But there is no denying Lundin’s business acumen. While amassing a fortune for himself and his family, he earned at least twice that much for thousands of mostly Swedish and Swiss investors with the nerve to endure the steep rises and falls of Lundin stocks. “It was wild, but if you stuck by Adolf, you made a lot of money,” recalls Rudolf Müller, 66, a retired Swiss investment banker with UBS who invested his money and that of his clients with Lundin.

Eventually, Lundin built up his own exploration and production entities, the Lundin Group of Cos., now numbering 12. Eleven of them are publicly listed, with a total market capitalization of $11.9 billion. But at times Lundin failed so miserably that he was ridiculed by financiers and once forced to sell his home and car. “I was never poor — just temporarily broke,” he says.

Today, Lundin is best known for his investments in Russian natural gas. His Vostok Nafta Investment fund is the single largest foreign portfolio investor in Gazprom (see box). It has a 1.34 percent stake in the controversial, state-controlled Russian energy giant, whose market capitalization is $250 billion.

Yet even with time running out, Lundin is consumed by ambition. Asked if he had accomplished all his goals, he replies that in fact he dreams of one more spectacular venture: “I would like to make a huge oil strike in Russia.”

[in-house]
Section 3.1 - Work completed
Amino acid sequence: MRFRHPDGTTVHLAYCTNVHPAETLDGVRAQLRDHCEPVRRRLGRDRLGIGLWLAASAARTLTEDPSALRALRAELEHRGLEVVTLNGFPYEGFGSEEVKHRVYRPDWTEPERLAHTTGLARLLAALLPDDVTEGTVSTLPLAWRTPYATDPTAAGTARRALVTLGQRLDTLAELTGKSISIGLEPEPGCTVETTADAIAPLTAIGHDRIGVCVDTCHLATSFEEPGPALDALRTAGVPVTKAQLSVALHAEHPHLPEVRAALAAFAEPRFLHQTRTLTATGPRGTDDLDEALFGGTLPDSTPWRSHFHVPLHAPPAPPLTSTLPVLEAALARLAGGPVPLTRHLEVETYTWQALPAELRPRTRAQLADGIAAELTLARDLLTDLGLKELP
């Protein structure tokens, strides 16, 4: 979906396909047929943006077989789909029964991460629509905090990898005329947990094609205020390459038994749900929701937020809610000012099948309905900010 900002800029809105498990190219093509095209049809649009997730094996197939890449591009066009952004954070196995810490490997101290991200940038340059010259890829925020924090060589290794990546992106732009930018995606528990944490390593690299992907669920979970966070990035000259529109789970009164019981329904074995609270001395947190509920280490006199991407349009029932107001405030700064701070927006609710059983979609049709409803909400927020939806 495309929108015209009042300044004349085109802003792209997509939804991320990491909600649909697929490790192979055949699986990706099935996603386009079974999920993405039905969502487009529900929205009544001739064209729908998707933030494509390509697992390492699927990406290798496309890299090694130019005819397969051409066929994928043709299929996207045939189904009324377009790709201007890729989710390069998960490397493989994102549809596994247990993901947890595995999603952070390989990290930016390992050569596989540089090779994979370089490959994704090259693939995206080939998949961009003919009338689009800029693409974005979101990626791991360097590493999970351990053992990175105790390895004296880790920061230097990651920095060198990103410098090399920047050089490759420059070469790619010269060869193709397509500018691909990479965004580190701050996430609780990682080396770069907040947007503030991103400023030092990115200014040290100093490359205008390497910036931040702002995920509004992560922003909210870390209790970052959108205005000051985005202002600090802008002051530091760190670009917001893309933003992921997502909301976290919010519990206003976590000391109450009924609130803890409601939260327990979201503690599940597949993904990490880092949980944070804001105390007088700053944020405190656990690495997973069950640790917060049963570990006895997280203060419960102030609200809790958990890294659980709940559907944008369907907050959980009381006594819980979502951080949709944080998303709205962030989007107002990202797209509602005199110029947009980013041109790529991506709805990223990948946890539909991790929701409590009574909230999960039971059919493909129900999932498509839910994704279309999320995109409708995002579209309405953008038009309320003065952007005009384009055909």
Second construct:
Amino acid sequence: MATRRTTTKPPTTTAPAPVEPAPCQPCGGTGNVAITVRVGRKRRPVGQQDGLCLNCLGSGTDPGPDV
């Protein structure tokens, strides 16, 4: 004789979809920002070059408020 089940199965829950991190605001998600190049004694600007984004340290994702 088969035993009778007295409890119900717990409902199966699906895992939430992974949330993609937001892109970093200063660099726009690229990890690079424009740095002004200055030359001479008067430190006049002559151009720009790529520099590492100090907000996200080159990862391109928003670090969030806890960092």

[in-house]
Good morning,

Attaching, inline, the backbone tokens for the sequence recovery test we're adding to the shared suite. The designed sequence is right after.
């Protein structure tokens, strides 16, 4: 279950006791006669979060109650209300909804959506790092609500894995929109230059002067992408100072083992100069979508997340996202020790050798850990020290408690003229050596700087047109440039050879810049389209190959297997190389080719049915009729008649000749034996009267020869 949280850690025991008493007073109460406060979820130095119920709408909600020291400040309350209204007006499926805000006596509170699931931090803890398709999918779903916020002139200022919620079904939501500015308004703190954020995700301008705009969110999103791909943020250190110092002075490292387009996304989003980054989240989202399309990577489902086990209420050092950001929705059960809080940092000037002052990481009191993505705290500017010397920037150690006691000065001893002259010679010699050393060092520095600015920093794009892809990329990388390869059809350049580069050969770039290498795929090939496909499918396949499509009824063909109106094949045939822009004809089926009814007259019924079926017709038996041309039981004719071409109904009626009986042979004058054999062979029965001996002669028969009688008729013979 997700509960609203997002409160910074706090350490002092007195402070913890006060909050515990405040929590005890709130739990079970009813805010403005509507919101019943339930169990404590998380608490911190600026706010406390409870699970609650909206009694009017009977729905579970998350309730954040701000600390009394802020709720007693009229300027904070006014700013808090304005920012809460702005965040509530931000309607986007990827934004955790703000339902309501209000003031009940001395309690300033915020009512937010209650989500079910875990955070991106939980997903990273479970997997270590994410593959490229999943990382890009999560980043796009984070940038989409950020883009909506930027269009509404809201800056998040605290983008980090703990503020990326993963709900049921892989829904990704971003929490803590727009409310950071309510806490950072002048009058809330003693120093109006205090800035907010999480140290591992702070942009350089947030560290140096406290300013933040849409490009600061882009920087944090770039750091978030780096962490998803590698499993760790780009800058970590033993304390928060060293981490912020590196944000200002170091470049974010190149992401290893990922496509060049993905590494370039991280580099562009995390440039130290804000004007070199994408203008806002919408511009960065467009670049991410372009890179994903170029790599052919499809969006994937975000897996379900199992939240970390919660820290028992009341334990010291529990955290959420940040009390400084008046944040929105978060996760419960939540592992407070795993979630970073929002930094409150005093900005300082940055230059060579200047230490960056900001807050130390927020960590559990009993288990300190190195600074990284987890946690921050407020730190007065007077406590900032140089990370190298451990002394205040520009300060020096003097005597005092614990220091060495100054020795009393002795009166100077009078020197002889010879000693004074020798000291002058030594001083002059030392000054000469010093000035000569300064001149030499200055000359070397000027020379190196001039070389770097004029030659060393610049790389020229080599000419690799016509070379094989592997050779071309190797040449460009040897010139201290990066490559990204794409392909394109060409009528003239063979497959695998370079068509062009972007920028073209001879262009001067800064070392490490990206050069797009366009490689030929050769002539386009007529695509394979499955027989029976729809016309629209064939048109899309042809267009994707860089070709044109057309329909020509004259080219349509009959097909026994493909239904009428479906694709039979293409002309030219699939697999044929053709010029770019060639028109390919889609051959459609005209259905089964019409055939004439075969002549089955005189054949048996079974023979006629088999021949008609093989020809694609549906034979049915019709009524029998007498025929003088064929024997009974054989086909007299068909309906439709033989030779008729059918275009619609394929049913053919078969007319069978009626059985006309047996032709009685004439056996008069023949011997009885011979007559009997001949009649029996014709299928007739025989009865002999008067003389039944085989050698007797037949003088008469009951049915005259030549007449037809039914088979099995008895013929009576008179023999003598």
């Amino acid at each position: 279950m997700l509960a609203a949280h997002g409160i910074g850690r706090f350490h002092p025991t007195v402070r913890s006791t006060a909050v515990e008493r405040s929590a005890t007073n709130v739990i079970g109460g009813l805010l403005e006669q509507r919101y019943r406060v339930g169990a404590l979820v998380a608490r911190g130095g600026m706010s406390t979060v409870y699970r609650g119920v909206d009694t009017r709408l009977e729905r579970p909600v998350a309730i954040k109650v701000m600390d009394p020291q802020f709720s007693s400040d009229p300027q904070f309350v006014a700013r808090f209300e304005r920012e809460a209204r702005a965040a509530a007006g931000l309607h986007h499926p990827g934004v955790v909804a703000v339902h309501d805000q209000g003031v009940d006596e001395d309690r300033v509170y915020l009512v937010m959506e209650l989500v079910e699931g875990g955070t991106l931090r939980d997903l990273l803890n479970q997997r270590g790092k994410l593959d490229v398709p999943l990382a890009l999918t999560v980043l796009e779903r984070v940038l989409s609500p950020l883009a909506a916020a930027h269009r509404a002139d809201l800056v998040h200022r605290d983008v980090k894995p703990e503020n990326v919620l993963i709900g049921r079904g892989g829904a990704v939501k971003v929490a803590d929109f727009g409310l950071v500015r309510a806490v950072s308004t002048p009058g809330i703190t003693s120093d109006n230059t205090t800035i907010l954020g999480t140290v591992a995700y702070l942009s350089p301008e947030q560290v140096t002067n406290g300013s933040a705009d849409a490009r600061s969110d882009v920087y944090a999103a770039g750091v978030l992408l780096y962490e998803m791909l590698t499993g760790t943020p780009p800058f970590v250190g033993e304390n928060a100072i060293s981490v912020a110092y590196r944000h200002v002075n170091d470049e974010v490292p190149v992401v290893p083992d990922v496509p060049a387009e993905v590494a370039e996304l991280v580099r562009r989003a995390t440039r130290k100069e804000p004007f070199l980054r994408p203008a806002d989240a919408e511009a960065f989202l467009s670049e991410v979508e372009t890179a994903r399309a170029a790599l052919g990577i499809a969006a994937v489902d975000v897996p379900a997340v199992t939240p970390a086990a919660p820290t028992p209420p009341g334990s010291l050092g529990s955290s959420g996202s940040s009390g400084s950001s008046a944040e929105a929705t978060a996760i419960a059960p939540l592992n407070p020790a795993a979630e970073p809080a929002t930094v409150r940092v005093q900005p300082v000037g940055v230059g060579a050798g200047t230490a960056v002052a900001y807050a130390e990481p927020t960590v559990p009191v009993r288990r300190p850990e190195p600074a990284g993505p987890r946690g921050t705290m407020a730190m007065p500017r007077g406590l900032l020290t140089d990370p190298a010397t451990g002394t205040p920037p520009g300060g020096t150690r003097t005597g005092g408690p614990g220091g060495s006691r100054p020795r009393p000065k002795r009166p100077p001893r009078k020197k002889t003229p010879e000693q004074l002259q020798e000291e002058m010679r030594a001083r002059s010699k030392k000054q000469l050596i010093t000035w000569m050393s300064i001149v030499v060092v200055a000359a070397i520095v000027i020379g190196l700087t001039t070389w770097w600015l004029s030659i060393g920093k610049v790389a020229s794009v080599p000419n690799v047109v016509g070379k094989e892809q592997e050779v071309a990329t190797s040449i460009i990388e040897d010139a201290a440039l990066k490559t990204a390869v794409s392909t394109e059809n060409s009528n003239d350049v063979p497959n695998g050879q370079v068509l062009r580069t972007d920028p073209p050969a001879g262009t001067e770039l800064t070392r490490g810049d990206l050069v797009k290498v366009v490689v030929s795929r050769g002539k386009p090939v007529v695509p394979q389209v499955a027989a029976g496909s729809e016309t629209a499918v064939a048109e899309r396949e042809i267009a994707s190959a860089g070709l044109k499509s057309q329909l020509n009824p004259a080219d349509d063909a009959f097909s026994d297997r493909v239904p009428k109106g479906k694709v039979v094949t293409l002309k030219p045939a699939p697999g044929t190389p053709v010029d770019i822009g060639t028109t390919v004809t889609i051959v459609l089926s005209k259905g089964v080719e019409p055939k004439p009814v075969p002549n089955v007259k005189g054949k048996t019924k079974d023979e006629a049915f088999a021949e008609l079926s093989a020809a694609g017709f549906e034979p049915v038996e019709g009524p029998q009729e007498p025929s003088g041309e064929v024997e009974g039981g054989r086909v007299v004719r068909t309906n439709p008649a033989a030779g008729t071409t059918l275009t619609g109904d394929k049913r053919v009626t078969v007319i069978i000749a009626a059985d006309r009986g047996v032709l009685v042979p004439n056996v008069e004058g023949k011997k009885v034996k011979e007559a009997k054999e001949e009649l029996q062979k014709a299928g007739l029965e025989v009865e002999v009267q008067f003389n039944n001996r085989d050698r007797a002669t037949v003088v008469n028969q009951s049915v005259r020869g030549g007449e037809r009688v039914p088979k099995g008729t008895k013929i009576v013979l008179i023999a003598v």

Two weeks later, on September 30, Adolf Lundin is dead.

“He always had to win,” recalls Bertil Gylling, 77, a friend who knew Lundin as a boy in Sweden. Gylling, who is now the retired chairman of his family investment company, AB Gylling & Co., says that in soccer games and sailing races, Lundin displayed an American-style competitiveness that was sometimes jarring in low-key, egalitarian Sweden.

The young Lundin identified with the rough-and-ready image of American cowboys and oil barons, even though neither existed in his Stockholm suburb of Äppelviken. He spiced his English with tough-guy clichés — “No guts, no glory” and “When the going gets tough, the tough get going” — straight out of the Hollywood action movies that enthralled him as a boy. He was riveted by popular biographies of John D. Rockefeller and J. Paul Getty.

Although Lundin came from a middle-class family — his father, Harry, managed a brewery and later became a chemistry professor — he gravitated toward Swedish society. In 1957 he married Eva, the daughter of Walter Wehtje, who spent most of his career working for the Wallenbergs, the wealthiest Swedish business dynasty, rising to CEO of Investor AB, the family’s holding company. Eva’s sister, Olga, married Marc Wallenberg, heir apparent to the business empire until his suicide in 1971. The Wallenberg connection gave Lundin badly needed cachet when he began to promote himself as a natural-resources entrepreneur.